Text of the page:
(Read this first to get the whole story)
Brian at Chicago Antiques Guide was immensely helpful in connecting us with a reputable gallery for our two items. I sent him very specific information about the Prestini bowl and the Alferez maquette, including digital photos from many angles, measurements and weight. (Accurate detail is important when asking for an estimate or referral. A lesson I learned all too well when I gave him the wrong measurements for the Prestini bowl. The estimate was 50% with the corrected size. Ah well.)
The gallery reviewed the photos and indicated an interest in accepting the items in an upcoming auction. So, I set to find out a little more about the auctioneer, John Toomey Galleries of Oak Park, Illinois.
John Toomey works with the Treadway Gallery of Cincinnati to present a number of major auctions a year. They specialize in 20th Century Decorative Arts (so, all of you Arts & Crafts lovers out there...take note!)
Aaron and I were hesitant about putting the pieces up for auction, even with the awesome pedigree of Treadway/Toomey. We had toyed with the idea of keeping the pieces for a long time...we had never owned something so beautiful and rare. (And probably won't again.) So, it was a tough decision to let them go. I kept thinking, "How would we ever keep these safe and intact?!" It's an awesome obligation to own something like this and I kept imagining them either falling to the floor in a million pieces or packed away in a box forever. Neither scenario was comforting.
We would have to hurry to get the pieces to the Gallery in time for the 20th Century Decorative Arts Auction on May 7th. The items would need to be inspected and photographed for the catalog. Looking at samples of other items already in the auction, we were suitably impressed!
Stickley, Handel, Baumann, Teco, Mougin, Nelson, Tiffany, Grueby...oh my!
I called to find out how I should get the items to the Gallery. I left a message for Lisanne Dickson, their expert in Modern Design and my contact. Unfortunately, she had the flu! But, what a trooper. She left a nice message with instructions on what to do with the pieces, even though she was out. This impressed me no end, since she was obviously extremely busy and I can't even think of picking up the phone when I am suffering from the flu.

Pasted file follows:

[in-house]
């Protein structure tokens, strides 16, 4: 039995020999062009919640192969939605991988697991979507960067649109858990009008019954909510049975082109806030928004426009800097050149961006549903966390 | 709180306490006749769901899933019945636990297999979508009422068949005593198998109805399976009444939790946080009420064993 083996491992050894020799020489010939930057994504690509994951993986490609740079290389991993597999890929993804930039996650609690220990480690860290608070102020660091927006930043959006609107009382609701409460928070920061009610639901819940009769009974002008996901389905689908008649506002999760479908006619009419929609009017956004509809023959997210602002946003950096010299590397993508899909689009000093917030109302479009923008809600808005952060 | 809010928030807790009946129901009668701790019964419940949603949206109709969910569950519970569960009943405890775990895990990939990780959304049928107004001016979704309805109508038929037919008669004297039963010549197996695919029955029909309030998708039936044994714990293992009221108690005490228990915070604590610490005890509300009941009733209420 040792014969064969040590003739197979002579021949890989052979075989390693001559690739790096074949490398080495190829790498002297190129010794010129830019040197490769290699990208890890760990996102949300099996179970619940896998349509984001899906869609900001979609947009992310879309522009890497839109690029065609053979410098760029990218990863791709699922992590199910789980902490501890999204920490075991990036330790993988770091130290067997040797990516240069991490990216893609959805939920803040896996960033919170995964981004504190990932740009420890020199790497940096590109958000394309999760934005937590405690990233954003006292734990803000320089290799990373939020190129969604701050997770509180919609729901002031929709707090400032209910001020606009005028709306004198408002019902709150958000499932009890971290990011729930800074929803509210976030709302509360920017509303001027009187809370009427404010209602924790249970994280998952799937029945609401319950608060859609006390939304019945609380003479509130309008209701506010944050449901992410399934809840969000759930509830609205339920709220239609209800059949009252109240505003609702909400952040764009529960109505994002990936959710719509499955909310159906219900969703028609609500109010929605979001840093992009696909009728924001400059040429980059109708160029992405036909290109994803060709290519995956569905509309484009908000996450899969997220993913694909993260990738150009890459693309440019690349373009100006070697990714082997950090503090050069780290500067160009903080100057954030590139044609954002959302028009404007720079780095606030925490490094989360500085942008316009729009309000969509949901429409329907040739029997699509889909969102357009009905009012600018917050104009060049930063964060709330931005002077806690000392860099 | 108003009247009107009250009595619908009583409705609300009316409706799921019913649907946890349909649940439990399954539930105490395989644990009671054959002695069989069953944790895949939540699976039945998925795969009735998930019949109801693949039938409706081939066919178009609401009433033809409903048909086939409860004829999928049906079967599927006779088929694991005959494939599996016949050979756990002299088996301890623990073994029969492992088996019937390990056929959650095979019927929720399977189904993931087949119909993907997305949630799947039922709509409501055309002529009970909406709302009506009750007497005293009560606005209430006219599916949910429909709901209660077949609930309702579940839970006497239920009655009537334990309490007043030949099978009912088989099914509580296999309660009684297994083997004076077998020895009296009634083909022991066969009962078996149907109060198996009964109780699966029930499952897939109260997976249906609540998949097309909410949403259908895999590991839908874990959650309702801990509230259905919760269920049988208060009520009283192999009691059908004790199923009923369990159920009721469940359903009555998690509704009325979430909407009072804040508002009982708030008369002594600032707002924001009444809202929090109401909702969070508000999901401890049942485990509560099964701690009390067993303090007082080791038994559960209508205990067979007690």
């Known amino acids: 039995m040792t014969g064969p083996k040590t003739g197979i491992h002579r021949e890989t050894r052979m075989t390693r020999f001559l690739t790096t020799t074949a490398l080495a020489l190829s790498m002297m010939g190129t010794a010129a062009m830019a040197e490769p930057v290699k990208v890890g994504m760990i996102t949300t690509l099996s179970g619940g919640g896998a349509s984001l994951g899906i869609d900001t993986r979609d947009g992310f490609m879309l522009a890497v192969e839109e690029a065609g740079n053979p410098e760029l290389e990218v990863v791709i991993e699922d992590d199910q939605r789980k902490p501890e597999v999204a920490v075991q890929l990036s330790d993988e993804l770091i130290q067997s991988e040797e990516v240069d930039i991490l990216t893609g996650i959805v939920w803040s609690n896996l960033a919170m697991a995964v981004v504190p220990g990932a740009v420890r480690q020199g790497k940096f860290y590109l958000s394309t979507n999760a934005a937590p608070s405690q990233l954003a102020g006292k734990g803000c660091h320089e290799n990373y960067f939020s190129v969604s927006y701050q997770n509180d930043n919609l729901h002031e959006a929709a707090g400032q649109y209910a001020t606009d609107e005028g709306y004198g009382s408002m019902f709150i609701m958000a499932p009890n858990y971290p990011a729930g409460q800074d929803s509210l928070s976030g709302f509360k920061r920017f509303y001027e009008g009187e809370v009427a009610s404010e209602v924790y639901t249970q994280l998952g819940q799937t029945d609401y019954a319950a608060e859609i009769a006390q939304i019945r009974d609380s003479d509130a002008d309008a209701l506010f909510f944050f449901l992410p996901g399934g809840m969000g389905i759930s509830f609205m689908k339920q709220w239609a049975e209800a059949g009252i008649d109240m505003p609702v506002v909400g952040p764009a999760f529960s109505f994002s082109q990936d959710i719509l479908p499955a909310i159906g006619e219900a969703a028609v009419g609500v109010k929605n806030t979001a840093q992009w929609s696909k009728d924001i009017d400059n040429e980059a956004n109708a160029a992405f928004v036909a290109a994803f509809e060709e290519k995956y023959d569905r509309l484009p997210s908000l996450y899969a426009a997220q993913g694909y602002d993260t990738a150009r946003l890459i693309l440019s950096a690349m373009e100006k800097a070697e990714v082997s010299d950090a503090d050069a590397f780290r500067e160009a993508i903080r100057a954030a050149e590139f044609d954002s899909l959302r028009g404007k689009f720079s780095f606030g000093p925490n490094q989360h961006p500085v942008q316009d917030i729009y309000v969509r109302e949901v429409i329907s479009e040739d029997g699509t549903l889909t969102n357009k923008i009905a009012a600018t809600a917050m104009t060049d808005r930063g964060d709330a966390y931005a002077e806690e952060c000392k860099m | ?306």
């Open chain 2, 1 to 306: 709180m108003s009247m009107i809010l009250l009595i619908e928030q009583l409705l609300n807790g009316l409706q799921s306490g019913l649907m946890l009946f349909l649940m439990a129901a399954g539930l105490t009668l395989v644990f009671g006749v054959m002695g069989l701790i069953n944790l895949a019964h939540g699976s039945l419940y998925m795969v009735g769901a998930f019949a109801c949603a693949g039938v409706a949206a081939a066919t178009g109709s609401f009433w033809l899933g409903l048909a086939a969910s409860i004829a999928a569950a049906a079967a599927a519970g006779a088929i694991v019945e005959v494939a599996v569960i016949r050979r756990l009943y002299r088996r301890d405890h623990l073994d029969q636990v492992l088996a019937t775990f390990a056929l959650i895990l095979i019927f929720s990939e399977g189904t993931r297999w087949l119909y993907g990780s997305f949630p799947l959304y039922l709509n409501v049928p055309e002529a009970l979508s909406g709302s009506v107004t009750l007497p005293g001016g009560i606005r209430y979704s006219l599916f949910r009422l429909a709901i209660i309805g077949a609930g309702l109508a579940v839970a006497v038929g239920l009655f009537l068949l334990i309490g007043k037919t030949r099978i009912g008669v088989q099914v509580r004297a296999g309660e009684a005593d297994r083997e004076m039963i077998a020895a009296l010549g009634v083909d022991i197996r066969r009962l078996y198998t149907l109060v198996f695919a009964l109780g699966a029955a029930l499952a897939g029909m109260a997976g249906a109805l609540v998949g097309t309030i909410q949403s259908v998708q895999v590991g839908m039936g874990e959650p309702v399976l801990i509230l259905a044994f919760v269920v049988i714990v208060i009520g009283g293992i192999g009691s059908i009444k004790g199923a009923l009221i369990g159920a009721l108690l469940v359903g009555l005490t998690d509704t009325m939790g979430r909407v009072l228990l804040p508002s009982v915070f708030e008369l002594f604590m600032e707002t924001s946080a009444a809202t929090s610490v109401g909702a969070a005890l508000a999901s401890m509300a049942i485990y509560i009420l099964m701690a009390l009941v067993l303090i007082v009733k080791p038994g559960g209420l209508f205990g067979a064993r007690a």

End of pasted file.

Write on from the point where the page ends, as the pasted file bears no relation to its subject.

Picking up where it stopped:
I bundled Grace into the car and we headed to Oak Park. The front door of the Gallery was locked but I could see through the glass that there was a lot of activity in the back. I walked around.
The back entry doors were open to staff members carrying all kinds of treasures into the gallery. Lamps, paintings, furniture. Arts & Crafts, Art Deco, Modern. Anne Dickenson (the patient staff member who had answered my questions over the phone) greeted me and went to find someone who could help with the pieces. Jane Browne helped to write up the contract and explain the terms to me. Everyone was so pleasant and efficient, even in the midst of an extremely busy afternoon. From what I could gather, there was much more to this type of auction than displaying the items and taking the bids! There was a photoshoot in progress of items for the catalog that will be available for potential buyers. The items had to be unpacked and sorted out and inspected and researched. A plan for display had to be devised. Stacks of paperwork to be dealt with. Insurance. Logistics and transportation. Advertising. Mailing lists. I'm sure there is even more behind the scenes work that I don't know about!
Because our items were appraised above $1000 each, the terms of the sale were set at 15% plus 1.5% for insurance. I took a deep breath, signed the contract, and left the Alferez and Prestini in their hands.
More updates soon!